SAN DIEGO -- San Diego State University has halted in-person classes for a month after dozens of students were infected with the coronavirus.
The school announced Wednesday that about 200 course offerings, some of them lab classes, will move to virtual learning. On-campus housing will remain open.
San Diego County health officials say there have been 64 confirmed or probable cases of COVID-19 among SDSU students since classes resumed last week. Some, but not all, of the infections were linked to other cases at the university. Some involve students who live off-campus.
California State university at Chico also halted classes this week.
SANTA FE, N.M. -- A top state health official is warning that COVID-19 infections are far more prevalent in low-income areas of the New Mexico, potentially straining Medicaid health care.
Human Services Secretary David Scrase said Wednesday that an analysis of infection rates by census tract shows that highly impoverished areas have infection rates seven times higher than the most affluent zones.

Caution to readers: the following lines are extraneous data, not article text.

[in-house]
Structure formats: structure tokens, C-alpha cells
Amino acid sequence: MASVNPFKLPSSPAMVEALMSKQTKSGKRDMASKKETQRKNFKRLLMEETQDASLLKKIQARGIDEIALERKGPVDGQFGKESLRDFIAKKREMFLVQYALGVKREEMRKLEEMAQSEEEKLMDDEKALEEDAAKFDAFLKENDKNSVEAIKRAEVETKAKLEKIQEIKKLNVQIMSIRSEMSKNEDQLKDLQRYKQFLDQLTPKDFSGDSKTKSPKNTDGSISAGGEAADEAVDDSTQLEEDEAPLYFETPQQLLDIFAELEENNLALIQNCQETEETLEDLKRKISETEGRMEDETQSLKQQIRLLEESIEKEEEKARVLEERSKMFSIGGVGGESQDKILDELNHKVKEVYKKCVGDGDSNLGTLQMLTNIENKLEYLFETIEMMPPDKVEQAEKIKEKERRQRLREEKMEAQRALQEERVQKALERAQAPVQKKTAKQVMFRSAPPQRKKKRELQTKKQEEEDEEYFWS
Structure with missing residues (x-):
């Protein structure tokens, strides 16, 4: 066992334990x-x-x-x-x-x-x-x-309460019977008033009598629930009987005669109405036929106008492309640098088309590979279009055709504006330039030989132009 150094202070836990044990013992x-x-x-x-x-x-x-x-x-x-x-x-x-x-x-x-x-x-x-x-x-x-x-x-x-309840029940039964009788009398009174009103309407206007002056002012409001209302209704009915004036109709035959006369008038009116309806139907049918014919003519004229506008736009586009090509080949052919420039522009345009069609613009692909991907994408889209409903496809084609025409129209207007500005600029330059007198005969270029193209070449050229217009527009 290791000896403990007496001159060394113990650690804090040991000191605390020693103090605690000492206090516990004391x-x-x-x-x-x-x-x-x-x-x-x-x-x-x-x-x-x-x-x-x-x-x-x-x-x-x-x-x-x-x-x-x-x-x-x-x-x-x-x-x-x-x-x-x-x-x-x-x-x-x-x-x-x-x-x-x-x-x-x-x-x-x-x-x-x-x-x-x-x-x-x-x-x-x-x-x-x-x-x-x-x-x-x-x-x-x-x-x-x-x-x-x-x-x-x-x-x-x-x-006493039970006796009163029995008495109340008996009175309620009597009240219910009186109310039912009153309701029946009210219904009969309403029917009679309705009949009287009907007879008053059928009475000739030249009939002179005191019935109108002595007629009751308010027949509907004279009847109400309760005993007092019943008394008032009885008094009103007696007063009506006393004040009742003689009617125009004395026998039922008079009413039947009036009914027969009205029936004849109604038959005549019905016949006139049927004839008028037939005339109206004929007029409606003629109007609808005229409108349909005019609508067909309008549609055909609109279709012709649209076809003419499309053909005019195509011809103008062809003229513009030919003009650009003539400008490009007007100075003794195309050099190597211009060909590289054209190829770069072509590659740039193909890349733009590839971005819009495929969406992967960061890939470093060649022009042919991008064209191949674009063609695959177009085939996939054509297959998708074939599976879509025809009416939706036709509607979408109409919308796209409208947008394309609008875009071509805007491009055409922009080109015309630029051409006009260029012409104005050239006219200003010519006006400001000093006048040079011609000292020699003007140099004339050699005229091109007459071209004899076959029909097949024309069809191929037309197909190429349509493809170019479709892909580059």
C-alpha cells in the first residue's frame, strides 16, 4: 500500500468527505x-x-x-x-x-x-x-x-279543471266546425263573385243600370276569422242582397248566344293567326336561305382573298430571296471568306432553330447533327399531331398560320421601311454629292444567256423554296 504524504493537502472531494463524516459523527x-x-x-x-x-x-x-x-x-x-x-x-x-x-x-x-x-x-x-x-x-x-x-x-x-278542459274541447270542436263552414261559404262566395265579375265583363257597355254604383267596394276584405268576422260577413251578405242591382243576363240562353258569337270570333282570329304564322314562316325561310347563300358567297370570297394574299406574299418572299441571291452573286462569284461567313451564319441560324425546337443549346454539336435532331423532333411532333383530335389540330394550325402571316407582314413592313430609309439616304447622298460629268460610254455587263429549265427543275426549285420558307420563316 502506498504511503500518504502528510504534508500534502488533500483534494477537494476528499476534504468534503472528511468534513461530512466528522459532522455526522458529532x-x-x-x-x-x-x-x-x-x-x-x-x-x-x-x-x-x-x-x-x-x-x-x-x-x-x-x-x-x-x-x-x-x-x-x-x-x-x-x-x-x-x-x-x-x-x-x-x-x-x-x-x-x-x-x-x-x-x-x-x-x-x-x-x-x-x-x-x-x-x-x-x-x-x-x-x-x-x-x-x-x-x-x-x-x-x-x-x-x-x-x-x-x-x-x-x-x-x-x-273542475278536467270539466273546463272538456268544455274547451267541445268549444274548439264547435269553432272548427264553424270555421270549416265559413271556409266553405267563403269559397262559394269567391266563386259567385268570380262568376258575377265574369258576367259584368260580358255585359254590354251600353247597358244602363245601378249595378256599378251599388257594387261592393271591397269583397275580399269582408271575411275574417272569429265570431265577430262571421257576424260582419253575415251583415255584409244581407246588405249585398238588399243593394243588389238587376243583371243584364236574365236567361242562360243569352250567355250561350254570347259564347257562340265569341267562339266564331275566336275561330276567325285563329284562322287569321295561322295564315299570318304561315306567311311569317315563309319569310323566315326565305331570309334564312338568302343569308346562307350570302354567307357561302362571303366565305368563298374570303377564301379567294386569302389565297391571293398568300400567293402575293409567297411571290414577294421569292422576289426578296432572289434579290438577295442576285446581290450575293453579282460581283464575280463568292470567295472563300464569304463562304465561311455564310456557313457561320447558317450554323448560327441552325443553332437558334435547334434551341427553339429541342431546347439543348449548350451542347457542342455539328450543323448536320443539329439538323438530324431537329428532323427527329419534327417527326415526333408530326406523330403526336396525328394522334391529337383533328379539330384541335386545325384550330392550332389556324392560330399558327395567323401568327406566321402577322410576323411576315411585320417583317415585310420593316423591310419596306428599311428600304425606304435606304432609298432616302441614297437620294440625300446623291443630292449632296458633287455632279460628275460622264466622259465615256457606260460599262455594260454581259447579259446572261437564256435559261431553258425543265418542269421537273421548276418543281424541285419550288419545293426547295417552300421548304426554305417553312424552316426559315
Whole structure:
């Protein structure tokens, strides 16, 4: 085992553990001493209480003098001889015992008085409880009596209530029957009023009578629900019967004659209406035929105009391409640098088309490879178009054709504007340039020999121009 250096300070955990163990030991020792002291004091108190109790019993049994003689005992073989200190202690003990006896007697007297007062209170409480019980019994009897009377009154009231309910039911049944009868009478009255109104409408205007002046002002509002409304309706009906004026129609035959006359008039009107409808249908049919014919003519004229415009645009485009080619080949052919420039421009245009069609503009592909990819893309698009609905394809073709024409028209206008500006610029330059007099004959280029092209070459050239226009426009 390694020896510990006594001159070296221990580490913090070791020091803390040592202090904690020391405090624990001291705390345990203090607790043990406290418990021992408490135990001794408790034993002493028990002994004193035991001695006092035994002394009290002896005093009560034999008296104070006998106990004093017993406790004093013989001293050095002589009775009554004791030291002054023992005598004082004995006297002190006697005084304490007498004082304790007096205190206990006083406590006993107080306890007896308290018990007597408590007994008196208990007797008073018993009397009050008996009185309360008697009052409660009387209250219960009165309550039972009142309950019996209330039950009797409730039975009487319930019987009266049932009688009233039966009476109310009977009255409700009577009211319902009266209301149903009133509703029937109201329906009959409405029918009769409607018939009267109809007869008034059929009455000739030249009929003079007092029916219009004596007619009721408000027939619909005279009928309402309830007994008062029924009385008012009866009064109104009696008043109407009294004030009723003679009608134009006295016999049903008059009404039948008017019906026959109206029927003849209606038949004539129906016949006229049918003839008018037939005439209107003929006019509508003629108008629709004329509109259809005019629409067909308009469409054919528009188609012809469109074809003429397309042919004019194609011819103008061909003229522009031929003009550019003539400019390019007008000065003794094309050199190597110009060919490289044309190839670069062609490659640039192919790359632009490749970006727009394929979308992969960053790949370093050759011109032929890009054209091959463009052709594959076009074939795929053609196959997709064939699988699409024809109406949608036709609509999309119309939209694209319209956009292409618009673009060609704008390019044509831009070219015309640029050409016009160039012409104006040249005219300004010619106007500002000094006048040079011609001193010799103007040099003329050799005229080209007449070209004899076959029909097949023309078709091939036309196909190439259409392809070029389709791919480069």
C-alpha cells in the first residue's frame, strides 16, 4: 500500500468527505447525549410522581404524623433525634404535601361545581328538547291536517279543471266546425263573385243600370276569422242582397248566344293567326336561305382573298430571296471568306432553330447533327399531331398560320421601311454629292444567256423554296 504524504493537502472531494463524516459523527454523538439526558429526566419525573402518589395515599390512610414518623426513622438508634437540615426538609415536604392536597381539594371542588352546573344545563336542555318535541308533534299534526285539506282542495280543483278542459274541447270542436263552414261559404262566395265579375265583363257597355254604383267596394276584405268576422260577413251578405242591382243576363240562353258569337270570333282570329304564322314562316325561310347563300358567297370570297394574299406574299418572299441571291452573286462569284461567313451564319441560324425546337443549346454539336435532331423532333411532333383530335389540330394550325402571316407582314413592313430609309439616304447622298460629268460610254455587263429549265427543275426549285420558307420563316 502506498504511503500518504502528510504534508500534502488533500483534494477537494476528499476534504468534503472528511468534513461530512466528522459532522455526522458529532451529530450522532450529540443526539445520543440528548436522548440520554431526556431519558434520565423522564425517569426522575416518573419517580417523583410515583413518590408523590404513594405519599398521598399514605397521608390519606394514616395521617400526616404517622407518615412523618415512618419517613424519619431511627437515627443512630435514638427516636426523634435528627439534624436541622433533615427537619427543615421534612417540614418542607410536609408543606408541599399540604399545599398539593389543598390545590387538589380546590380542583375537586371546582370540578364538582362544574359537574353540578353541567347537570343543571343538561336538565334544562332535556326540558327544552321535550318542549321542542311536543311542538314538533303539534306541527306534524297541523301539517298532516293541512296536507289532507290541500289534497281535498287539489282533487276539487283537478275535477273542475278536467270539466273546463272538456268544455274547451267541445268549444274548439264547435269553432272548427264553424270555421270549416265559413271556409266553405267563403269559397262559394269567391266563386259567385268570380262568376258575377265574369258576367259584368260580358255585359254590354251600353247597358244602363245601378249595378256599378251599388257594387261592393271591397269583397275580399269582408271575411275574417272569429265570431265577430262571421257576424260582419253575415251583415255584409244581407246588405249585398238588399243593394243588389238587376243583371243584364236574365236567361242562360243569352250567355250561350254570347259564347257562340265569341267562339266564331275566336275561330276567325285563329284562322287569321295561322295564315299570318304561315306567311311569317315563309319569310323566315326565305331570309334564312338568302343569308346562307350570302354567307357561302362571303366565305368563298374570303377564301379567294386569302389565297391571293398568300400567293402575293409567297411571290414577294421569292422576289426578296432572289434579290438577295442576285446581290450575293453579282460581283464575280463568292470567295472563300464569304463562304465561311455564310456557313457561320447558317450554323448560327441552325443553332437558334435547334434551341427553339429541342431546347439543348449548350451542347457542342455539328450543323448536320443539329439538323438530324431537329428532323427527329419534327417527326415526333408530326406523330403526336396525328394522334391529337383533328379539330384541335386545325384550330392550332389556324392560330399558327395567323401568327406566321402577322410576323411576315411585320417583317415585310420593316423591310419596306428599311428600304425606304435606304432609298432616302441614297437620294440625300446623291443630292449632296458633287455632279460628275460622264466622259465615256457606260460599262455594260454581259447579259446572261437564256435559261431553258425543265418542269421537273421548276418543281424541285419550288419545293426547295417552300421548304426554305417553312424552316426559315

Scrase and Children Youth and Families Secretary Brian Blalock gave a briefing on public health trends and the state’s coronavirus response.
State health officials are wary that festivities over the Labor Day holiday weekend could lead to renewed surges in COVID-19 infections.
URBANA, Ill. — The University of Illinois is ramping up enforcement of restrictions on student activity after more than 330 COVID-19 cases in two days on the school’s Urbana-Champaign campus, school officials said Wednesday.
In an email to students, Chancellor Robert Jones said he expects all undergraduates to "limit their in-person interactions to only the most essential activities” for the next two weeks starting Wednesday evening.
“These include things like taking twice weekly COVID-19 tests, attending class, purchasing groceries and food, going to work, engaging in individual outdoor activity, attending religious services and seeking medical attention,” Jones wrote.